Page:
Math = Love: Categorical and Quantitative Variables Card Sort

Thursday, September 17, 2015

Categorical and Quantitative Variables Card Sort

This year, I'm teaching statistics for the second time.  The last time I taught it, I had a class set of textbooks that were waaaaaaaaaaaaaaaaaaaaay over my students' heads.  I even struggled with understanding how they presented some of the concepts.  This year, I'm doing interactive notebooks with my students and just referencing a textbook myself.  I'm following the order of Stats: Modeling the World.  Things are going much better!  

This is a non-AP class, so we're moving at a pretty slow pace.  And, I'm totally okay with that.  A portion of my class is only present 3 days a week due to a college class they are taking on Tuesday and Thursday mornings.  Getting them caught up has probably slowed down the pace of the class, but nobody has complained.  :)  My favorite thing about this class is that there is no end-of-instruction exam.  We can explore tangents that come up in class.  We can do as many hands-on projects as I want to because there is no test looming in front of us.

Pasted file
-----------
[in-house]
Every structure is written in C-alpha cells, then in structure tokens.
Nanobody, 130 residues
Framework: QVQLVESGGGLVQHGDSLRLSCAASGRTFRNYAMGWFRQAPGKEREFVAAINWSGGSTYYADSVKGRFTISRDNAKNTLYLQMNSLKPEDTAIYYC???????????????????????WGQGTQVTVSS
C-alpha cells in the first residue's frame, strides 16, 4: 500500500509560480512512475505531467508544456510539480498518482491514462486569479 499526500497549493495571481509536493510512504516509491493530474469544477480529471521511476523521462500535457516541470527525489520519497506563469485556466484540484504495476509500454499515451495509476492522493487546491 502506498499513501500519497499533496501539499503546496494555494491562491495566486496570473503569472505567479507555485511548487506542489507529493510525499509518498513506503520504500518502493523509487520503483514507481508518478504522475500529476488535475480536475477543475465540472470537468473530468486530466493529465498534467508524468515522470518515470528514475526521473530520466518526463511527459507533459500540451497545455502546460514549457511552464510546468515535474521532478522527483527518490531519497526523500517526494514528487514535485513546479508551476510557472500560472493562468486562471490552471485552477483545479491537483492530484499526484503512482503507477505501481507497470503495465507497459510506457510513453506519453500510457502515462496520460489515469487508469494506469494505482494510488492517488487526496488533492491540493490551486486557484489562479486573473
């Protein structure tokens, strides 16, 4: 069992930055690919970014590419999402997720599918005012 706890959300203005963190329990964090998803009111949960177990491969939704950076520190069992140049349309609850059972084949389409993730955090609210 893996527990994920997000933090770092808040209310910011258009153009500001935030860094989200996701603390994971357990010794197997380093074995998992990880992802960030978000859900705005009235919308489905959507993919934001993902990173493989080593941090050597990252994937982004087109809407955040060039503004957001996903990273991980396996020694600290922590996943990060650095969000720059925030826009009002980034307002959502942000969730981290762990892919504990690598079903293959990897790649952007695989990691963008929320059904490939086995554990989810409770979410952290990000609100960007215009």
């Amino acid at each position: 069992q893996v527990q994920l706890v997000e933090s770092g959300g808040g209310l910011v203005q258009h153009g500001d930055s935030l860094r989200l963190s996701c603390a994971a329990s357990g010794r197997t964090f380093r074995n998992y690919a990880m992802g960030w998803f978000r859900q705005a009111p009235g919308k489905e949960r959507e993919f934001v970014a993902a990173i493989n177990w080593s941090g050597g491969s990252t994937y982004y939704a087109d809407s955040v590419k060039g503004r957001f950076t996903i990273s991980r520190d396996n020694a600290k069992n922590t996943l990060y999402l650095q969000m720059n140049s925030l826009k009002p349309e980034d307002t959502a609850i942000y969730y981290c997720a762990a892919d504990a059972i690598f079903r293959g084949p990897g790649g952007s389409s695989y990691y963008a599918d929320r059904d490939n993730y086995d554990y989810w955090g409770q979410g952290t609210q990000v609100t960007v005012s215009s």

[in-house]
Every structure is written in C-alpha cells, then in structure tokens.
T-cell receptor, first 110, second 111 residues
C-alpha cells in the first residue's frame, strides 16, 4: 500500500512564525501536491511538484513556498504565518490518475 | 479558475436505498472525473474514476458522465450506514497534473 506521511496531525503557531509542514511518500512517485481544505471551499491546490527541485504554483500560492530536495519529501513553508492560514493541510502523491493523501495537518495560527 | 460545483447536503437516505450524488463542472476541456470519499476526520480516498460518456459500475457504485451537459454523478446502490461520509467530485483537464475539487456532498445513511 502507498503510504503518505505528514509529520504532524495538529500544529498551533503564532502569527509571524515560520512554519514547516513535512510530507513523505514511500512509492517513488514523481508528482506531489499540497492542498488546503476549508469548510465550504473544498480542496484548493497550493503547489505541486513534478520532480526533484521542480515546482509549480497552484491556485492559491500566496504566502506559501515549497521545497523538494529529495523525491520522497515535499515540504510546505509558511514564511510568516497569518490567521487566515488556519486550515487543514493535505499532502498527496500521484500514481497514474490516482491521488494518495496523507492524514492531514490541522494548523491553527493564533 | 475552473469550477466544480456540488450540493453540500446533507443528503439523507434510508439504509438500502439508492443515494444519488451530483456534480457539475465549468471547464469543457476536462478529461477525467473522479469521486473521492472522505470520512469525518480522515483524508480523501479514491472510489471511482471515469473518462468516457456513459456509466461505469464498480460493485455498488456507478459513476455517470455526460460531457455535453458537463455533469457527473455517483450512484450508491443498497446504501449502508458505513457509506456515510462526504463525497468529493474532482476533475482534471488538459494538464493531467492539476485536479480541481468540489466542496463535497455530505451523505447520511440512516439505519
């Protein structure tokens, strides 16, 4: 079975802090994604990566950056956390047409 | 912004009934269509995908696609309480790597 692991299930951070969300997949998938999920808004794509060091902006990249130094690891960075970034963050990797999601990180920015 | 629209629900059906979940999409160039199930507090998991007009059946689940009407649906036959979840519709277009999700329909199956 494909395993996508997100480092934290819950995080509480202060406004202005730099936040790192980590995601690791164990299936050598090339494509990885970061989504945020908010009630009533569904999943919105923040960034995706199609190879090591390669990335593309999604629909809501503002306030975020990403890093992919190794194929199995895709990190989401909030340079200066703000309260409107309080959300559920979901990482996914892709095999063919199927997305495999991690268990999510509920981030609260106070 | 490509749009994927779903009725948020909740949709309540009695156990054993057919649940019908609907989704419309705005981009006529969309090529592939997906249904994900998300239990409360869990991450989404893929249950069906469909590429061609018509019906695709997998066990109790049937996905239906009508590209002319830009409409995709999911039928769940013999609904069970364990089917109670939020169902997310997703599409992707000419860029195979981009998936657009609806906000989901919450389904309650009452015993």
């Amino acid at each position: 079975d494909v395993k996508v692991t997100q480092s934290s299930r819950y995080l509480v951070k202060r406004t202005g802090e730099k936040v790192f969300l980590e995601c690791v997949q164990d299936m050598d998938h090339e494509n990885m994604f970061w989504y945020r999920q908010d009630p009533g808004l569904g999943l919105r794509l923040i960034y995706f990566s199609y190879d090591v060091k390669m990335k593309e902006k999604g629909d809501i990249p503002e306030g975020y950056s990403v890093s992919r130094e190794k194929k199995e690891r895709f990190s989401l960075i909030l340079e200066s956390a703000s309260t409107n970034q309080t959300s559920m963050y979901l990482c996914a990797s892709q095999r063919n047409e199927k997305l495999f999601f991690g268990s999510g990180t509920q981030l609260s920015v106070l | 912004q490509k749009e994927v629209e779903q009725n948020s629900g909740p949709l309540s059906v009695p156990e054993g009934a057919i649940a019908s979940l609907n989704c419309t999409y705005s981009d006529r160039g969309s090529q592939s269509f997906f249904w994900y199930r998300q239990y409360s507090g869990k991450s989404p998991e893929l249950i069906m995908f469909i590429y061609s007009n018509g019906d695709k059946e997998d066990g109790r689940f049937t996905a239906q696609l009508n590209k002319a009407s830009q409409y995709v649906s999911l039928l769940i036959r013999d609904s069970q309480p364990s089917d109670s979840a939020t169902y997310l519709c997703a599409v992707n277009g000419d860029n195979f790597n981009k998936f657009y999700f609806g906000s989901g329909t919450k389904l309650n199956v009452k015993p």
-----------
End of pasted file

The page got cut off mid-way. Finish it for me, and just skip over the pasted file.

For quantitative and categorical variables, I made a card sort for students to complete in their notebooks.  It took quite a bit longer for my students to complete than I anticipated.  My students really struggled with the airplane related questions because the majority of them have never flown.  I guess I shouldn't be surprised.  I got on a plane for the first time in March to speak at SXSWedu.  Then, I took the longest commercial flight in the world this summer to go from Dallas to Sydney.  Airports and I are becoming fast friends.  

Students first cut out the definitions and glued them in.  

Then, they sorted the cards into 2 piles.  Next time I teach this, I need to do a better job of explaining that quantitative variables always represent something you can measure.  I think this would have cleared up a ton of confusion.

Download the file here!


  1. Hey! Every year when I teach AP Stats, I always tell my students to think about whether it would make sense for a variable to be "averaged". If not, then it's probably NOT quantitative. (Example... zip codes. It's a numerical variable, but does it make sense to find an "average zip code"? Not really! So it's not a quantitative variable.) :) PS- I love your blog!